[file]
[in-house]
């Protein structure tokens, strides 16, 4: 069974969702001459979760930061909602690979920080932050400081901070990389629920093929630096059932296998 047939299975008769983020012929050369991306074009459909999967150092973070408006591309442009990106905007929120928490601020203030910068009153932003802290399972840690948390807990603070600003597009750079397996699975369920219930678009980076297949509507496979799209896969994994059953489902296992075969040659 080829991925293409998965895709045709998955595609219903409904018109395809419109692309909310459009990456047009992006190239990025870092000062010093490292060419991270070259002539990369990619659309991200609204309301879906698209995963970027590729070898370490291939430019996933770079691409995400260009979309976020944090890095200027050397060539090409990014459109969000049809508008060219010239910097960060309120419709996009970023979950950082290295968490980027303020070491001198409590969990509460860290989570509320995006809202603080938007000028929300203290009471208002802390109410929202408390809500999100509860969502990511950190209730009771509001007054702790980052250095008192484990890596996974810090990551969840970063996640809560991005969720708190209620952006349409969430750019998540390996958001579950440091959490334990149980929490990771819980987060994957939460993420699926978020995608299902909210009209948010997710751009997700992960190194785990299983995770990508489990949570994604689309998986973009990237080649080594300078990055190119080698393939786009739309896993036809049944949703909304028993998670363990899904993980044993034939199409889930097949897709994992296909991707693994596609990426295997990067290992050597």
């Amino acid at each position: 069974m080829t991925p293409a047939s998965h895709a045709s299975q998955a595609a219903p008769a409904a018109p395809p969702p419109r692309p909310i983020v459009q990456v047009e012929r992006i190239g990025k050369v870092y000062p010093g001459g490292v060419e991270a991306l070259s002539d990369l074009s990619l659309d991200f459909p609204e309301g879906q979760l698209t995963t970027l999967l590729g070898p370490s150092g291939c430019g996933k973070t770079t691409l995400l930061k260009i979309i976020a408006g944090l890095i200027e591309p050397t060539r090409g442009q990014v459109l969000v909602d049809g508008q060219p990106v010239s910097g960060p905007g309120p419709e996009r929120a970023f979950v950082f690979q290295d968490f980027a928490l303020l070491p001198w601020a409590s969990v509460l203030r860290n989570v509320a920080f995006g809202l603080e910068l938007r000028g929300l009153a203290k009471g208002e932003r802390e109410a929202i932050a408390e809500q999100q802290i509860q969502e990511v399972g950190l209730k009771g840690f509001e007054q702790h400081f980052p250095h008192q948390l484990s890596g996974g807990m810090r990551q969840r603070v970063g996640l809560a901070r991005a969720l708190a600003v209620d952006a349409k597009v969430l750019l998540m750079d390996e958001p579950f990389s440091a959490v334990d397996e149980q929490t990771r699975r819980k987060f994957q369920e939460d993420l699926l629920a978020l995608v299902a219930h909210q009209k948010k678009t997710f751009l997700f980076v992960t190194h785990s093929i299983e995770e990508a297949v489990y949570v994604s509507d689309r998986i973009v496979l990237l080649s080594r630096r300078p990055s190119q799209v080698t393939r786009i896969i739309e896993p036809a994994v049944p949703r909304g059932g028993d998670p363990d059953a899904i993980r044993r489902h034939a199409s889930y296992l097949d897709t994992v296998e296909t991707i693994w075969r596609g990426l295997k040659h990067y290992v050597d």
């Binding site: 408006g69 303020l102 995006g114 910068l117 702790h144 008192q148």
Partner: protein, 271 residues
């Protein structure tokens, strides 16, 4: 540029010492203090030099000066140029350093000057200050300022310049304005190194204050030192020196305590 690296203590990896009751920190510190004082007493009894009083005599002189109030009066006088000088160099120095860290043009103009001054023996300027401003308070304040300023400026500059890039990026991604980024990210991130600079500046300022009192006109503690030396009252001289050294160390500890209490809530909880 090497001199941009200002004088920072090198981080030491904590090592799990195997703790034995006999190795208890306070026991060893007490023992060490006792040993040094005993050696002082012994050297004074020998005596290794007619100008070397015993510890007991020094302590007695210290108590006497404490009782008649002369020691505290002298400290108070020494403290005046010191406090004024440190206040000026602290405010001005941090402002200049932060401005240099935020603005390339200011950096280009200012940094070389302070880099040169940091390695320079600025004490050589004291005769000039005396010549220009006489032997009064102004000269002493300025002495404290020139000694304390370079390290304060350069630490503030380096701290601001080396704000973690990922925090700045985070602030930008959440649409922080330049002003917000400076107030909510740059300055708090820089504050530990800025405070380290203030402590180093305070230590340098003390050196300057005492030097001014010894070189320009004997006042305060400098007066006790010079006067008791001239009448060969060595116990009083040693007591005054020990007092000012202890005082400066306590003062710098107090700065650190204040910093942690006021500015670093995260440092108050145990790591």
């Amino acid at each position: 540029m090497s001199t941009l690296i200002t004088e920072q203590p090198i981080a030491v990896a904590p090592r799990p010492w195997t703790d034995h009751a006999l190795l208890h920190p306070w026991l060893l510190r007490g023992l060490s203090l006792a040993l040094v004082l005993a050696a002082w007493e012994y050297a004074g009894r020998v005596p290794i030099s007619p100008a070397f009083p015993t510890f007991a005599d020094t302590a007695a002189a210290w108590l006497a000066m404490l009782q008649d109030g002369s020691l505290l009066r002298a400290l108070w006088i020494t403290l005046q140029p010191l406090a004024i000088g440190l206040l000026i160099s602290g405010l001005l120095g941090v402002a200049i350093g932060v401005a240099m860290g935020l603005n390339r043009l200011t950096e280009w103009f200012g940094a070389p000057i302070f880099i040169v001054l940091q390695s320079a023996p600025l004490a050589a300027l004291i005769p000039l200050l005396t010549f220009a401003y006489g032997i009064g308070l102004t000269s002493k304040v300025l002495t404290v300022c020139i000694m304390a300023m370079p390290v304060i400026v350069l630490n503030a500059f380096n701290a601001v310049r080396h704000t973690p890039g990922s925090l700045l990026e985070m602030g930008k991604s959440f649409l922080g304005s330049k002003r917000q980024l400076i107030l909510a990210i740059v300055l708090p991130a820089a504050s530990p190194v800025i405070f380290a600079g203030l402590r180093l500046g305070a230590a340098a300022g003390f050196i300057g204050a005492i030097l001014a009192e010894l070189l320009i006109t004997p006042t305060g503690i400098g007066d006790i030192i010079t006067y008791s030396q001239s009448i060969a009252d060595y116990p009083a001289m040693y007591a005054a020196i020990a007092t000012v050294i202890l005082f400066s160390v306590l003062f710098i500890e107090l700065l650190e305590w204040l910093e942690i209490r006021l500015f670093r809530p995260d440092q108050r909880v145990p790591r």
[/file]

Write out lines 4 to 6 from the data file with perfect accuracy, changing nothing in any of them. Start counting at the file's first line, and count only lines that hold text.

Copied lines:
């Binding site: 408006g69 303020l102 995006g114 910068l117 702790h144 008192q148």
Partner: protein, 271 residues
């Protein structure tokens, strides 16, 4: 540029010492203090030099000066140029350093000057200050300022310049304005190194204050030192020196305590 690296203590990896009751920190510190004082007493009894009083005599002189109030009066006088000088160099120095860290043009103009001054023996300027401003308070304040300023400026500059890039990026991604980024990210991130600079500046300022009192006109503690030396009252001289050294160390500890209490809530909880 090497001199941009200002004088920072090198981080030491904590090592799990195997703790034995006999190795208890306070026991060893007490023992060490006792040993040094005993050696002082012994050297004074020998005596290794007619100008070397015993510890007991020094302590007695210290108590006497404490009782008649002369020691505290002298400290108070020494403290005046010191406090004024440190206040000026602290405010001005941090402002200049932060401005240099935020603005390339200011950096280009200012940094070389302070880099040169940091390695320079600025004490050589004291005769000039005396010549220009006489032997009064102004000269002493300025002495404290020139000694304390370079390290304060350069630490503030380096701290601001080396704000973690990922925090700045985070602030930008959440649409922080330049002003917000400076107030909510740059300055708090820089504050530990800025405070380290203030402590180093305070230590340098003390050196300057005492030097001014010894070189320009004997006042305060400098007066006790010079006067008791001239009448060969060595116990009083040693007591005054020990007092000012202890005082400066306590003062710098107090700065650190204040910093942690006021500015670093995260440092108050145990790591």